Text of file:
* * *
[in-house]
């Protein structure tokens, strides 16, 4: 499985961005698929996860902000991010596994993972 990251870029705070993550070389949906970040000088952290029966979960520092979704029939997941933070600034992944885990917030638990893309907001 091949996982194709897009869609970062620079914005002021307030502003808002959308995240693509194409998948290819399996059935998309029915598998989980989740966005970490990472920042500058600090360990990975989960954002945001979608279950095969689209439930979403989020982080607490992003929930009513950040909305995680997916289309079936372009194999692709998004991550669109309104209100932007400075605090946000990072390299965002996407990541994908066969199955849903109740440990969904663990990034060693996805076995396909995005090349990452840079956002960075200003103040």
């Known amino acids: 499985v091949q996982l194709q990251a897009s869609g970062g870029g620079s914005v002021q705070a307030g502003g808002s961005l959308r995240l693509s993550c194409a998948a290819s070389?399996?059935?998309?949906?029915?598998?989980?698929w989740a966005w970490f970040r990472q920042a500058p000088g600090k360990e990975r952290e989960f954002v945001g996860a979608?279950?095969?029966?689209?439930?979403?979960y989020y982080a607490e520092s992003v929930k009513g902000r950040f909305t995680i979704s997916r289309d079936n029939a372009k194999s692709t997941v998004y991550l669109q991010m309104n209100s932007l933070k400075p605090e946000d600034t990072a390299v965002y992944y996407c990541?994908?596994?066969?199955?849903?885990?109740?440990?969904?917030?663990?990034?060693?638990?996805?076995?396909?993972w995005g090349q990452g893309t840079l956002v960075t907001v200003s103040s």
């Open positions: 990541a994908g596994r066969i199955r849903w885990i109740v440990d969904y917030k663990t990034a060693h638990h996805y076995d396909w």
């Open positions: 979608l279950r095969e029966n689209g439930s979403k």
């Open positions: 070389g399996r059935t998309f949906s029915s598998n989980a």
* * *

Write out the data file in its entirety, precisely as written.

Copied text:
[in-house]
């Protein structure tokens, strides 16, 4: 499985961005698929996860902000991010596994993972 990251870029705070993550070389949906970040000088952290029966979960520092979704029939997941933070600034992944885990917030638990893309907001 091949996982194709897009869609970062620079914005002021307030502003808002959308995240693509194409998948290819399996059935998309029915598998989980989740966005970490990472920042500058600090360990990975989960954002945001979608279950095969689209439930979403989020982080607490992003929930009513950040909305995680997916289309079936372009194999692709998004991550669109309104209100932007400075605090946000990072390299965002996407990541994908066969199955849903109740440990969904663990990034060693996805076995396909995005090349990452840079956002960075200003103040």
């Known amino acids: 499985v091949q996982l194709q990251a897009s869609g970062g870029g620079s914005v002021q705070a307030g502003g808002s961005l959308r995240l693509s993550c194409a998948a290819s070389?399996?059935?998309?949906?029915?598998?989980?698929w989740a966005w970490f970040r990472q920042a500058p000088g600090k360990e990975r952290e989960f954002v945001g996860a979608?279950?095969?029966?689209?439930?979403?979960y989020y982080a607490e520092s992003v929930k009513g902000r950040f909305t995680i979704s997916r289309d079936n029939a372009k194999s692709t997941v998004y991550l669109q991010m309104n209100s932007l933070k400075p605090e946000d600034t990072a390299v965002y992944y996407c990541?994908?596994?066969?199955?849903?885990?109740?440990?969904?917030?663990?990034?060693?638990?996805?076995?396909?993972w995005g090349q990452g893309t840079l956002v960075t907001v200003s103040s």
């Open positions: 990541a994908g596994r066969i199955r849903w885990i109740v440990d969904y917030k663990t990034a060693h638990h996805y076995d396909w």
């Open positions: 979608l279950r095969e029966n689209g439930s979403k």
């Open positions: 070389g399996r059935t998309f949906s029915s598998n989980a």